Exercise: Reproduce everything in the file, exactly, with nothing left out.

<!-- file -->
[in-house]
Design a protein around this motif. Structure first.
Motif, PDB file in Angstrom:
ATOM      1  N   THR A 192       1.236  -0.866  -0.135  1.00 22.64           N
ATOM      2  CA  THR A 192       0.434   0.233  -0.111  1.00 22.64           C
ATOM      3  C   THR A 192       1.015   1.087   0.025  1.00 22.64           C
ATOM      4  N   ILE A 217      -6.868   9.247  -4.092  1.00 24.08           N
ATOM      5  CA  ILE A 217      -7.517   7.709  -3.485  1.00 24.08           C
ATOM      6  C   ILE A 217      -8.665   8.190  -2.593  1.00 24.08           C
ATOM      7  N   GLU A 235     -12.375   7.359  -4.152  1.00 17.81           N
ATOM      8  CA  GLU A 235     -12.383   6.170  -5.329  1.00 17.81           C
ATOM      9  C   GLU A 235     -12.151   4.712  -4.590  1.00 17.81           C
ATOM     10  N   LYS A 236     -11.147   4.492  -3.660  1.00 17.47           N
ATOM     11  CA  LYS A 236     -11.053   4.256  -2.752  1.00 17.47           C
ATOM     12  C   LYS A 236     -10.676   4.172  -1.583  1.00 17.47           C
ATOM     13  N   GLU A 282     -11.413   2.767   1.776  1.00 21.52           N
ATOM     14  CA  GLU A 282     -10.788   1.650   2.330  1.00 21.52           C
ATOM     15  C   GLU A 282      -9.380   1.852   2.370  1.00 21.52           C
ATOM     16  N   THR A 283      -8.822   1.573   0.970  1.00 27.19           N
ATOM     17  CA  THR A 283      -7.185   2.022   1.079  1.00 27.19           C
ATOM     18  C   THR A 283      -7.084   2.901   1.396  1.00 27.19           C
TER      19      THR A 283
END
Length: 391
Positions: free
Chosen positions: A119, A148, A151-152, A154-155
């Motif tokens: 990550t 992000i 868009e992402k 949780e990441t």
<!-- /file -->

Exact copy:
[in-house]
Design a protein around this motif. Structure first.
Motif, PDB file in Angstrom:
ATOM      1  N   THR A 192       1.236  -0.866  -0.135  1.00 22.64           N
ATOM      2  CA  THR A 192       0.434   0.233  -0.111  1.00 22.64           C
ATOM      3  C   THR A 192       1.015   1.087   0.025  1.00 22.64           C
ATOM      4  N   ILE A 217      -6.868   9.247  -4.092  1.00 24.08           N
ATOM      5  CA  ILE A 217      -7.517   7.709  -3.485  1.00 24.08           C
ATOM      6  C   ILE A 217      -8.665   8.190  -2.593  1.00 24.08           C
ATOM      7  N   GLU A 235     -12.375   7.359  -4.152  1.00 17.81           N
ATOM      8  CA  GLU A 235     -12.383   6.170  -5.329  1.00 17.81           C
ATOM      9  C   GLU A 235     -12.151   4.712  -4.590  1.00 17.81           C
ATOM     10  N   LYS A 236     -11.147   4.492  -3.660  1.00 17.47           N
ATOM     11  CA  LYS A 236     -11.053   4.256  -2.752  1.00 17.47           C
ATOM     12  C   LYS A 236     -10.676   4.172  -1.583  1.00 17.47           C
ATOM     13  N   GLU A 282     -11.413   2.767   1.776  1.00 21.52           N
ATOM     14  CA  GLU A 282     -10.788   1.650   2.330  1.00 21.52           C
ATOM     15  C   GLU A 282      -9.380   1.852   2.370  1.00 21.52           C
ATOM     16  N   THR A 283      -8.822   1.573   0.970  1.00 27.19           N
ATOM     17  CA  THR A 283      -7.185   2.022   1.079  1.00 27.19           C
ATOM     18  C   THR A 283      -7.084   2.901   1.396  1.00 27.19           C
TER      19      THR A 283
END
Length: 391
Positions: free
Chosen positions: A119, A148, A151-152, A154-155
């Motif tokens: 990550t 992000i 868009e992402k 949780e990441t």